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Genet Med. 2009 Oct;11(10):716-21. doi: 10.1097/GIM.0b013e3181b3a61e.

Impact of false-positive newborn metabolic screening results on early health care utilization.

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Center for Child and Adolescent Health Policy, MassGeneral Hospital for Children, Boston, Massachusetts 02114, USA.



To analyze the association between false-positive newborn screening results and health care utilization.


We surveyed parents regarding their children's health care utilization. Parents of children who received false-positive newborn screening results were primarily enrolled by a screening laboratory in Pennsylvania. Parents of children with normal results were recruited through the Massachusetts birth registry. We used bivariate tests and multivariate regression to assess the association between newborn screening results and primary care utilization, emergency room use, and hospitalization by the age of 6 months.


Our sample included 200 children with false-positive results and 137 with normal results. Variation in recruitment strategies led to sample children with false-positive results being more likely to be non-white, have unmarried parents, and be of lower socioeconomic status. After adjusting for significant covariates, such as age, race, and socioeconomic status, there were no significant associations between newborn screening results and child health care utilization.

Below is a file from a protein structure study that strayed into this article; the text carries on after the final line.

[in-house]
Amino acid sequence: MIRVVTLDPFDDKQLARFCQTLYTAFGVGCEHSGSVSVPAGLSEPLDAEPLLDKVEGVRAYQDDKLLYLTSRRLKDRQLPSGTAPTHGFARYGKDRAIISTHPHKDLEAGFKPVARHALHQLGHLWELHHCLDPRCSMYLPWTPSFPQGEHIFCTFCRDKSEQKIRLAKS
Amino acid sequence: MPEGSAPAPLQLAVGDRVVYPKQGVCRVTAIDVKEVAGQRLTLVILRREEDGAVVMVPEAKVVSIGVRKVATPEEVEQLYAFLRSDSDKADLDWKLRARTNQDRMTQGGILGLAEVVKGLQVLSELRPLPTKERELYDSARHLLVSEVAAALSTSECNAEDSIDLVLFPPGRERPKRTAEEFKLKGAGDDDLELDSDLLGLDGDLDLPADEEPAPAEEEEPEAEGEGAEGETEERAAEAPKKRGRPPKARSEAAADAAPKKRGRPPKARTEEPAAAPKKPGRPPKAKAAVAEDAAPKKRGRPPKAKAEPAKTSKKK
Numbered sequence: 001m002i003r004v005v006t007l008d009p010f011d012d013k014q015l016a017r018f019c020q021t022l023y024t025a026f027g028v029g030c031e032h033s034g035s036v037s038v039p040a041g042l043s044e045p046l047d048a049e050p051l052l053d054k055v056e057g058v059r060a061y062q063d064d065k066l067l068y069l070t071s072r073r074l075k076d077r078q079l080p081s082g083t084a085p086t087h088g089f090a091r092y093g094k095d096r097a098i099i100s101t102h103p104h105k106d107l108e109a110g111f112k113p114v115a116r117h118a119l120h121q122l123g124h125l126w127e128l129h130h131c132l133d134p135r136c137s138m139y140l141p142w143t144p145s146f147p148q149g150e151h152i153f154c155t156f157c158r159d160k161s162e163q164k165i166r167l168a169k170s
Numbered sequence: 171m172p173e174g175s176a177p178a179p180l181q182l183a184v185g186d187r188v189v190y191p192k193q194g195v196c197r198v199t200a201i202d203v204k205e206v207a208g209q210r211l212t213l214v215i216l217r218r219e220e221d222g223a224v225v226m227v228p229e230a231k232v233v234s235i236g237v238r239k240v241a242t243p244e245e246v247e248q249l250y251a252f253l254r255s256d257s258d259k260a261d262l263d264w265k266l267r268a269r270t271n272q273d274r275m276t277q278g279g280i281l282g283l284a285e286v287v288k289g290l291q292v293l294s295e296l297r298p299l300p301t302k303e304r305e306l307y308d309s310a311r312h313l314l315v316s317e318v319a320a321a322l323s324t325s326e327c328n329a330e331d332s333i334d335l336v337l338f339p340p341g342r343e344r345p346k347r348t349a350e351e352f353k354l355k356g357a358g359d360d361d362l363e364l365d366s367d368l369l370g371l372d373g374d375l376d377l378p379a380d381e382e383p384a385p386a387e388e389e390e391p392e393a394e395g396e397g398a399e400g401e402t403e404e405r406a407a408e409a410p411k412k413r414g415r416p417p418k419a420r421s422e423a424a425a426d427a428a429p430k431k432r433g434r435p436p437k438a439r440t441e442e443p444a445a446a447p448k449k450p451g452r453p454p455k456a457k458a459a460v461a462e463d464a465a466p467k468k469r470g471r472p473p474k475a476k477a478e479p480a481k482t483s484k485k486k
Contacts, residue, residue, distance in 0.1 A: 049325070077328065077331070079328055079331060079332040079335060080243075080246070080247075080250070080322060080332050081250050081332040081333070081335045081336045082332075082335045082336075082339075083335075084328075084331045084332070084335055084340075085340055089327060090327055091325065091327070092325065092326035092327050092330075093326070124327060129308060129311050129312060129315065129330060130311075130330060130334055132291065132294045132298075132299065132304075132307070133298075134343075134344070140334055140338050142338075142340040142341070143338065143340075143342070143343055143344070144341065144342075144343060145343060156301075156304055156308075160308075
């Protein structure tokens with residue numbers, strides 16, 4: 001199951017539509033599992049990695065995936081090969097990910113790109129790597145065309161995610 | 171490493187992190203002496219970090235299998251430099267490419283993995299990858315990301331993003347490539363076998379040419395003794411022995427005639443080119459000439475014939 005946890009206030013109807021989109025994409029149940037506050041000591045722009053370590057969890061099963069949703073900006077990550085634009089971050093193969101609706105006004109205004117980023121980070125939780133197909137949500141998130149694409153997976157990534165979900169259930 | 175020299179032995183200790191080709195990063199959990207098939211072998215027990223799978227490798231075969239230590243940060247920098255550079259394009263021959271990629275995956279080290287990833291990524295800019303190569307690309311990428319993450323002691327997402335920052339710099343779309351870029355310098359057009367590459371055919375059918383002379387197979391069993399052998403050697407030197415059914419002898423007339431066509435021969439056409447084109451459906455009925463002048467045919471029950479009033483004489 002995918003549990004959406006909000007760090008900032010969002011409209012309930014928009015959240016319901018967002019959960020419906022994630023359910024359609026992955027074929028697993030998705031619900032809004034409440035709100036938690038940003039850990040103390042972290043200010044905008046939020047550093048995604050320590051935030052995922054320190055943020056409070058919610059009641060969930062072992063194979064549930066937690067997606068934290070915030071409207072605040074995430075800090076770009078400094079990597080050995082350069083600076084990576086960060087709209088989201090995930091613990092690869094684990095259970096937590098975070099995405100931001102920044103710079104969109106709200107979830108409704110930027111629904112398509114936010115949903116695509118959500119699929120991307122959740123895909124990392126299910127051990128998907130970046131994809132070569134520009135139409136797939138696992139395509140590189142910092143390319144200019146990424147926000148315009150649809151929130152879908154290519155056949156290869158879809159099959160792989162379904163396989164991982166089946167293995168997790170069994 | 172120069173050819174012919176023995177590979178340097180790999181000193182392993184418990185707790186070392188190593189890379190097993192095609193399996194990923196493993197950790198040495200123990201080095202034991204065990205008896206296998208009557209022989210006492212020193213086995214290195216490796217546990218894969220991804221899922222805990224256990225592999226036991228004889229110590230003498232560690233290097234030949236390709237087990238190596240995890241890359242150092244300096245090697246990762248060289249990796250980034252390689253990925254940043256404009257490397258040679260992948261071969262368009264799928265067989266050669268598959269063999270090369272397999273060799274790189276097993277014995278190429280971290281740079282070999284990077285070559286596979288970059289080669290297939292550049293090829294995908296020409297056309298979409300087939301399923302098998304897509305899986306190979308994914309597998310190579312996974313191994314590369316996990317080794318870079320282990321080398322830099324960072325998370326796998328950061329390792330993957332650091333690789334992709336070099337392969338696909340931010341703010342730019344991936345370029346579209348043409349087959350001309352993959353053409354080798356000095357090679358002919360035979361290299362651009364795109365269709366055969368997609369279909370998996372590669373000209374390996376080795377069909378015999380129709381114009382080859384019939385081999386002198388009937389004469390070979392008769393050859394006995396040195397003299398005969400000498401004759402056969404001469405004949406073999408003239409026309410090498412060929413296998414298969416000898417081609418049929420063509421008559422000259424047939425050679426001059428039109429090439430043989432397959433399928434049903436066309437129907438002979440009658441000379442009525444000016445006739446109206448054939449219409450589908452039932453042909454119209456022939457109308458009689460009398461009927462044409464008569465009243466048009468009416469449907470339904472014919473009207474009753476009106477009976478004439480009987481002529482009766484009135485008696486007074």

Despite the reported negative psychosocial effects of false-positive results, our study found no impact on early health care utilization. These results may assist in economic analyses of newborn screening as they suggest that medical costs associated with false-positive results are limited to the cost of diagnostic testing and follow-up.

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